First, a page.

So HOW am I getting through this grieving, bereavement process? (Remember, one never gets over, just through.) Some may think that as a clergy wife, I have more faith than most. I don’t. My faith is of great importance to me; indeed, I could not survive without it. But a one-on-one relationship with God is not enough. I can’t see, touch God that way.  The Church is the Body of Christ -- God in the world, the community of faith. THAT is how I am surviving. St Paul’s is my family in Christ that has provided and continues to provide support for me that is sufficient to cope, survive, and hopefully begin to thrive.

    What does that look like?

    It’s funny in a way, because I don’t have what most call “close friends,” at St Paul’s or elsewhere. You know those people you talk to and get together with on a regular basis. People you share your hopes and dreams and secrets with. (Those were the two friends who died.) It is my introverted personality to develop just a few very close friends.

    So how is it possible that those I feel closest to are here at St Paul’s, and yet none really fall into that “close friend” category? Can it be that community isn’t about closeness of friendship as such, but about Love?

    What has, does, the community of faith that is St Paul’s provided for me? How do I feel Loved, God’s Love? I know you are here for me. Certainly cards and gifts of food, (especially soup) show love. But keeping in contact, checking in on me, remembering me. Inviting me for a meal, and even when I was not yet ready, to accept that, and accept me where I am. Asking what I need.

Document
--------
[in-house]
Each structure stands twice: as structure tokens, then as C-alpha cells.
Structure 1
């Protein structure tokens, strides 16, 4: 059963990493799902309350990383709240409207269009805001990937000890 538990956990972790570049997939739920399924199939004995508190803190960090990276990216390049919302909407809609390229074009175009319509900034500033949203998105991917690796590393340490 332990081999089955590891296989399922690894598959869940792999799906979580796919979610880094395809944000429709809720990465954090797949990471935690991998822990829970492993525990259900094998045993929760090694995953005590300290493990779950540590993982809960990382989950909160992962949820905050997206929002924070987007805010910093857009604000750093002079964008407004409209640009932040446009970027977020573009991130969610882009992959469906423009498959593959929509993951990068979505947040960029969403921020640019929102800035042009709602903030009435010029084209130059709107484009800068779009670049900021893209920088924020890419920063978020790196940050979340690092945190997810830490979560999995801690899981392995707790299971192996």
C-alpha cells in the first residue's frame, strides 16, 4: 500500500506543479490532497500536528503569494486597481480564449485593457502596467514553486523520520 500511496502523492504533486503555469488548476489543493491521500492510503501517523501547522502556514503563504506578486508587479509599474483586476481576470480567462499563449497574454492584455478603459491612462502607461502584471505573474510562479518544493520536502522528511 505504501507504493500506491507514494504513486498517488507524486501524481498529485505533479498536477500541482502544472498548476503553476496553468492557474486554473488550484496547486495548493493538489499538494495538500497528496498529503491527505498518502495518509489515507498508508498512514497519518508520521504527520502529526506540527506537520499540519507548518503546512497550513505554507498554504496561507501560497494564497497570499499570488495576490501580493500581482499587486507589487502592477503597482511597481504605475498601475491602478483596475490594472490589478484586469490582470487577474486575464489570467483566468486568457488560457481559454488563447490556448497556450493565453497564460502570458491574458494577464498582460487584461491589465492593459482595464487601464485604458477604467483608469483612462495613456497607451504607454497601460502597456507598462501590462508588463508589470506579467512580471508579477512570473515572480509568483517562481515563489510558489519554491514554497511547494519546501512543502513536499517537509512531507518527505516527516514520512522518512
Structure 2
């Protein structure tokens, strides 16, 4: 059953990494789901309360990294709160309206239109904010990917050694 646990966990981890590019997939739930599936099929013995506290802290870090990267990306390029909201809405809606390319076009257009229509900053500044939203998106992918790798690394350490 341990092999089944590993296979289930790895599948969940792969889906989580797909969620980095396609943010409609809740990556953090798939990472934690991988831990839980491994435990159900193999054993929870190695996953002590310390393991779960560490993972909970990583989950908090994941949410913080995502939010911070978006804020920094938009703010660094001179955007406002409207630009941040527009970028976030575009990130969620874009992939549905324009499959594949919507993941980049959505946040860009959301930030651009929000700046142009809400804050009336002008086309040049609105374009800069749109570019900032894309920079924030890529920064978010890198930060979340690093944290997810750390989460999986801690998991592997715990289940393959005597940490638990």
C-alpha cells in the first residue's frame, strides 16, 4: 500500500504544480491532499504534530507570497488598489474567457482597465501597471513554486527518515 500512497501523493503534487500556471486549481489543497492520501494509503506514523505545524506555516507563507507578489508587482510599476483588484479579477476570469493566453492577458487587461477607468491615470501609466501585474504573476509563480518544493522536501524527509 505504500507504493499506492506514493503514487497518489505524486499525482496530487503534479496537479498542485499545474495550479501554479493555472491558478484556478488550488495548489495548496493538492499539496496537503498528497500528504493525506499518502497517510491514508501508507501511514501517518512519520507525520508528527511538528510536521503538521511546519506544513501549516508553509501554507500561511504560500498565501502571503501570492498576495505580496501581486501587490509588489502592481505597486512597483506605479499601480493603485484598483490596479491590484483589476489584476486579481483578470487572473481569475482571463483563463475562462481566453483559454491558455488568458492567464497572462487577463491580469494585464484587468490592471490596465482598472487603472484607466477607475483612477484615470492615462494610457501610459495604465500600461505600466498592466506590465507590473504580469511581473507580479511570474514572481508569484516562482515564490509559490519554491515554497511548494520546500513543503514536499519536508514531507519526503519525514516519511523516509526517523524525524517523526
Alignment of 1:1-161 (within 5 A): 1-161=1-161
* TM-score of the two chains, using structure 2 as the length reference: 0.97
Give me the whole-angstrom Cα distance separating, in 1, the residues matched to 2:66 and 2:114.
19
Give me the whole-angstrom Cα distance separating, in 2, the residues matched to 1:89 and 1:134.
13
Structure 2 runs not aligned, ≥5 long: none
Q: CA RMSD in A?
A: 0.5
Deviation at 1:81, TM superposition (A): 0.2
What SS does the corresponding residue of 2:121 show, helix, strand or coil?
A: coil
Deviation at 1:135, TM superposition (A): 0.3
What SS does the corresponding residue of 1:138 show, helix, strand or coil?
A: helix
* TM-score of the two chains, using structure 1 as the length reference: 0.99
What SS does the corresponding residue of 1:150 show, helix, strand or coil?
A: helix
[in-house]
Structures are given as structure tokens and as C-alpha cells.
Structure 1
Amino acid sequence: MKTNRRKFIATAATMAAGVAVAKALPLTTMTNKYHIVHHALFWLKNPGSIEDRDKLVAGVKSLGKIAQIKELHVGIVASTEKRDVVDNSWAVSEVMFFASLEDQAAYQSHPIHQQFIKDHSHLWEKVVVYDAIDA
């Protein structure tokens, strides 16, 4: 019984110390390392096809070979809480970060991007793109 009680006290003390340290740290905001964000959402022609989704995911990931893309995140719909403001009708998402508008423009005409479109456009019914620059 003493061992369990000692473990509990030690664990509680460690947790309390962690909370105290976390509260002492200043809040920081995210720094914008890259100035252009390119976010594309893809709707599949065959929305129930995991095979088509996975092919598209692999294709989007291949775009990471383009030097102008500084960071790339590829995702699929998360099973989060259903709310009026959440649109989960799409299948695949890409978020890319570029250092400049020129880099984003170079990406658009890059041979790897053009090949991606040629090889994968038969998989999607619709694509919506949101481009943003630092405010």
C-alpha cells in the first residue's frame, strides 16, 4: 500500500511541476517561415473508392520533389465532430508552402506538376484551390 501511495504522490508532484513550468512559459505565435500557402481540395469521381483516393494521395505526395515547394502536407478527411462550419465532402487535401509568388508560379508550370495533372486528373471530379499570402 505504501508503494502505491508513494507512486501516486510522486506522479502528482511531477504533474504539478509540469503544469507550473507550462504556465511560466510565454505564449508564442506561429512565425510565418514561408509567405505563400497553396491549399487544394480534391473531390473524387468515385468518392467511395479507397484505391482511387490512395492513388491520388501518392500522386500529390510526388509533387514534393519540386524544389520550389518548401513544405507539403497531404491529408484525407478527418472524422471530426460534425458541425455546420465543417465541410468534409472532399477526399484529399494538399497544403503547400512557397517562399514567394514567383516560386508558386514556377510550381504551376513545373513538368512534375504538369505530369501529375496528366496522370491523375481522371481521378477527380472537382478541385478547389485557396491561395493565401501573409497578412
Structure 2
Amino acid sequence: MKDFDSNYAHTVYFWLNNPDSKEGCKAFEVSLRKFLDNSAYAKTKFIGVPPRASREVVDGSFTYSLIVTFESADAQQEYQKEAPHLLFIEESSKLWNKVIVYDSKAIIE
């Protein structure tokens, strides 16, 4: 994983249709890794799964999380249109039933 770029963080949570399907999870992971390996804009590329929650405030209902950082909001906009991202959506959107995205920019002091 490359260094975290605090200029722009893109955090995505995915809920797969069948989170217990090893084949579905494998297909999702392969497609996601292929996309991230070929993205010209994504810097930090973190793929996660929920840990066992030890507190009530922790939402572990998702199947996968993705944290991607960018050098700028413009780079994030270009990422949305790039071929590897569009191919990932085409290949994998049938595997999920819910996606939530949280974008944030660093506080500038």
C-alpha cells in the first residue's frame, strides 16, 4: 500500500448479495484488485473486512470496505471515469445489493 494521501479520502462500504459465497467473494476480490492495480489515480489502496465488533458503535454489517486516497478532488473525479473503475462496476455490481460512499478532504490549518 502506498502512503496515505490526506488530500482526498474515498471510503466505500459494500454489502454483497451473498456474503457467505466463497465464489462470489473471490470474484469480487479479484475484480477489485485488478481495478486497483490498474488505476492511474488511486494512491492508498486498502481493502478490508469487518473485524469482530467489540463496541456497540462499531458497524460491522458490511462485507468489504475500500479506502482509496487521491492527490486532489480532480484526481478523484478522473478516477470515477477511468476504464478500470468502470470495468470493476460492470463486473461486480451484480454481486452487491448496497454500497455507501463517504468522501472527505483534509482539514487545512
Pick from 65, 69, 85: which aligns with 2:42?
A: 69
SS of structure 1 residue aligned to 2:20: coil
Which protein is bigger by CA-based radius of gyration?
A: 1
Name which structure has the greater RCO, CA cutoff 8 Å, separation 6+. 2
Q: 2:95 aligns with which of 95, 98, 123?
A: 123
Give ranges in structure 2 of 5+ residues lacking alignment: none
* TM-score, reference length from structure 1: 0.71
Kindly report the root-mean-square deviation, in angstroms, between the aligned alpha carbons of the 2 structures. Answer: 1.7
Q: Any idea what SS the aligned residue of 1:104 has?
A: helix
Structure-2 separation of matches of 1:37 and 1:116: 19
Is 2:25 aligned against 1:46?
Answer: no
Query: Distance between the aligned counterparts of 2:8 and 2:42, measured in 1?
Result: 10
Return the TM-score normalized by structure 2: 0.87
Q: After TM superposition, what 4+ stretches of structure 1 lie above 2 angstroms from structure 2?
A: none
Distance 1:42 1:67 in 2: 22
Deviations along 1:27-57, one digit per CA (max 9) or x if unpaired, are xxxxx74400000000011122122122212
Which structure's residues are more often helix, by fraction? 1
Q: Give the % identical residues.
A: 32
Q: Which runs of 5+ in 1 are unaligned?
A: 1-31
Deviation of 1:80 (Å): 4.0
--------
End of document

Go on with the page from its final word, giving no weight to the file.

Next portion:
Knowing you have my back! Year before last our buttons at the time of backpack blessings was an orange rectangle with “God’s got my back.” The night Ed died in the ER, I called Fr. Rob who came immediately. He was there for me. When it was time to leave, he was concerned about my going home alone and said Catt had offered to come to the house for the night. But I realized I just needed him to have my back. I needed him to follow me home; I needed to see him in my rearview mirror, then walk me to my door. I just needed him to get me emotionally from the hospital to my house. And since that time, on an occasion or two, I’ve needed to text him asking if he has my back. It’s a connection, a reassurance when the pain is overwhelming, a simple reply reconnects me and I don’t feel adrift, lost anymore. I still hurt, but not alone.